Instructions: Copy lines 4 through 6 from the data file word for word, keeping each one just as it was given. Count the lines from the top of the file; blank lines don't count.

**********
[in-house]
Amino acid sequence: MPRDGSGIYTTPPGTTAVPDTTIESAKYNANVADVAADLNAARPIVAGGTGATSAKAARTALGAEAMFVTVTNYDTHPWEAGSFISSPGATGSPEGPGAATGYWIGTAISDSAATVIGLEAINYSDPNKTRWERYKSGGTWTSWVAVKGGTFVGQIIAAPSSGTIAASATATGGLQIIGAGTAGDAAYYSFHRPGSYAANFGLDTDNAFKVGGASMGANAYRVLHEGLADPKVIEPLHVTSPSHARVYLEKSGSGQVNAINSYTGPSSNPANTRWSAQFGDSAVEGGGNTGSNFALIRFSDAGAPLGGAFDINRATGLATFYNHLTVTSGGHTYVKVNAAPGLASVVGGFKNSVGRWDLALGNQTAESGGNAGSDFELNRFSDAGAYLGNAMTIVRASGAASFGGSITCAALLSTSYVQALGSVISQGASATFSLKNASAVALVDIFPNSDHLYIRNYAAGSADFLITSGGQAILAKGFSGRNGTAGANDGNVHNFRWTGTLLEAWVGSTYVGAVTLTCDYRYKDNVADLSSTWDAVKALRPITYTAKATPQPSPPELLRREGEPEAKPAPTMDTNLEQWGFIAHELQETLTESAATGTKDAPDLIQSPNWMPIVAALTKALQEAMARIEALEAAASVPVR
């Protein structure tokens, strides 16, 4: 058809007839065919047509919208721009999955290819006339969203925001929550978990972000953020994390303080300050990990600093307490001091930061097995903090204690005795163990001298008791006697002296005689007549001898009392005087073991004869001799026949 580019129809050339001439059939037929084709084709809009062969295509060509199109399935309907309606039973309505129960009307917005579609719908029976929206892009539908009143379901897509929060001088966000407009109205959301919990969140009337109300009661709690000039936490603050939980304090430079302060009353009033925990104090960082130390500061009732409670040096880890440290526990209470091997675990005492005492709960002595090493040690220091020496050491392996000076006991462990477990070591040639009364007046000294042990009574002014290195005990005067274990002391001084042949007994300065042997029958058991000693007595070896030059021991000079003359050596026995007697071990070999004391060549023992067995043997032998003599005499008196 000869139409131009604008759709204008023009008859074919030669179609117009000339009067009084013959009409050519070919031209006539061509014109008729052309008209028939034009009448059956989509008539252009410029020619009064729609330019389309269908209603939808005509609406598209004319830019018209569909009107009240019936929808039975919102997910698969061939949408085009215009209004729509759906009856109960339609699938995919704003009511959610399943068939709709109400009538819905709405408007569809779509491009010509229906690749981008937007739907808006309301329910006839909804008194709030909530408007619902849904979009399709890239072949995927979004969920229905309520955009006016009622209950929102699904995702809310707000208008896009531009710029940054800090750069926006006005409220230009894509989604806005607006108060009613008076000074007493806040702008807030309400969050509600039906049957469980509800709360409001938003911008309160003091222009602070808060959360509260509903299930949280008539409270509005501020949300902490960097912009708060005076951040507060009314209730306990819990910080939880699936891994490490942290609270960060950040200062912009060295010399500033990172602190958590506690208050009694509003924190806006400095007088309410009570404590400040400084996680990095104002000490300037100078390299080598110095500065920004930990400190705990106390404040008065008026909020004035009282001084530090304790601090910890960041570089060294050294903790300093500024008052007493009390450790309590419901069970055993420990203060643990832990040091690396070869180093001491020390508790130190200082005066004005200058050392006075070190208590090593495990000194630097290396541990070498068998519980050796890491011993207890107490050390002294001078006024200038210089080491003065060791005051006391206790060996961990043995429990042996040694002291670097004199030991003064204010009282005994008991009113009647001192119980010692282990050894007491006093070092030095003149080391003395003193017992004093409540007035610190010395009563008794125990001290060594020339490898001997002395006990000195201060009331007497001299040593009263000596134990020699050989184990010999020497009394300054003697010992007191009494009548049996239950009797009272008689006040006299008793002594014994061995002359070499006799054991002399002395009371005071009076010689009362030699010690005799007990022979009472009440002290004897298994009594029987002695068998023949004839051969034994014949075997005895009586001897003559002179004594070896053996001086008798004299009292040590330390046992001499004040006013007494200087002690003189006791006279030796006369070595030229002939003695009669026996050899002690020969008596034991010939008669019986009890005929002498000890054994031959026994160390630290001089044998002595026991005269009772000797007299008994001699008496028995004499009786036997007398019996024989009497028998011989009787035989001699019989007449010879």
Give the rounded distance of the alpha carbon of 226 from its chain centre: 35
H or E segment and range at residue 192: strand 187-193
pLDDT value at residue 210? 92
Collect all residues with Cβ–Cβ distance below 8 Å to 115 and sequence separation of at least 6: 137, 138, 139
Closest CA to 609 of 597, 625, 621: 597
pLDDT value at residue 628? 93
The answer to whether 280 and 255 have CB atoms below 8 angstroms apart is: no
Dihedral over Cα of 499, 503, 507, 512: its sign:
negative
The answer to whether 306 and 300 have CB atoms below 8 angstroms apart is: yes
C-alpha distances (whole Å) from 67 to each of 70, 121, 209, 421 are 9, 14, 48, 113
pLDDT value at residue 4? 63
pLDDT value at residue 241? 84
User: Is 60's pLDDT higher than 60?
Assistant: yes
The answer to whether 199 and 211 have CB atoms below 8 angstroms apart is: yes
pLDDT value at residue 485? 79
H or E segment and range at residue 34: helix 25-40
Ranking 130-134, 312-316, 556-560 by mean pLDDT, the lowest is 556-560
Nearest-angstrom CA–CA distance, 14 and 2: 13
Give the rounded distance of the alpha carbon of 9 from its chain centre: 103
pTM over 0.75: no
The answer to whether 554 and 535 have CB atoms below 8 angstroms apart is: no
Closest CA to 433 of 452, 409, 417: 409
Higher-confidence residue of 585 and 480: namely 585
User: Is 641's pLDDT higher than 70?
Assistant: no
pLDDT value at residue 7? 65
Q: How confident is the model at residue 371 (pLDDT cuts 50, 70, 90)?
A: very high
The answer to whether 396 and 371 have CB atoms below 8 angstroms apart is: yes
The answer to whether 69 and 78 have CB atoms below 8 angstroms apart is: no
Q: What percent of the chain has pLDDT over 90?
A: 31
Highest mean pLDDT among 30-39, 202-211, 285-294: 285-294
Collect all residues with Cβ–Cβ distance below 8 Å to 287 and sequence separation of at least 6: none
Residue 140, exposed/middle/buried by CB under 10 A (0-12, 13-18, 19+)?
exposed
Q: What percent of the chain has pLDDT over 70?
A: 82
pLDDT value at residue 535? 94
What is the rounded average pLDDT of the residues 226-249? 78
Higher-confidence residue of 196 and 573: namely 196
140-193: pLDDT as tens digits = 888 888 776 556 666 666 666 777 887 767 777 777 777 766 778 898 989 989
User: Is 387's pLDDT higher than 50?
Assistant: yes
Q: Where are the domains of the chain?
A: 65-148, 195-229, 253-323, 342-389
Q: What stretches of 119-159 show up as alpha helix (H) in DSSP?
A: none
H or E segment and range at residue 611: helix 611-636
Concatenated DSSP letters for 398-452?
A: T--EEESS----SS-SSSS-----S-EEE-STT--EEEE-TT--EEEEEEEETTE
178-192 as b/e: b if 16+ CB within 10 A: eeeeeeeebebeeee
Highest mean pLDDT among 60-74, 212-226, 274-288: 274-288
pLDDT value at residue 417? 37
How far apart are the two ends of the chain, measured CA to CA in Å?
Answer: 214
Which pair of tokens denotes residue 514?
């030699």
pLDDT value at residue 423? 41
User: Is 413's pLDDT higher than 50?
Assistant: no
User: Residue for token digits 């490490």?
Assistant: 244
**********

Give the rounded distance of the alpha carbon of 226 from its chain centre: 35
H or E segment and range at residue 192: strand 187-193
pLDDT value at residue 210? 92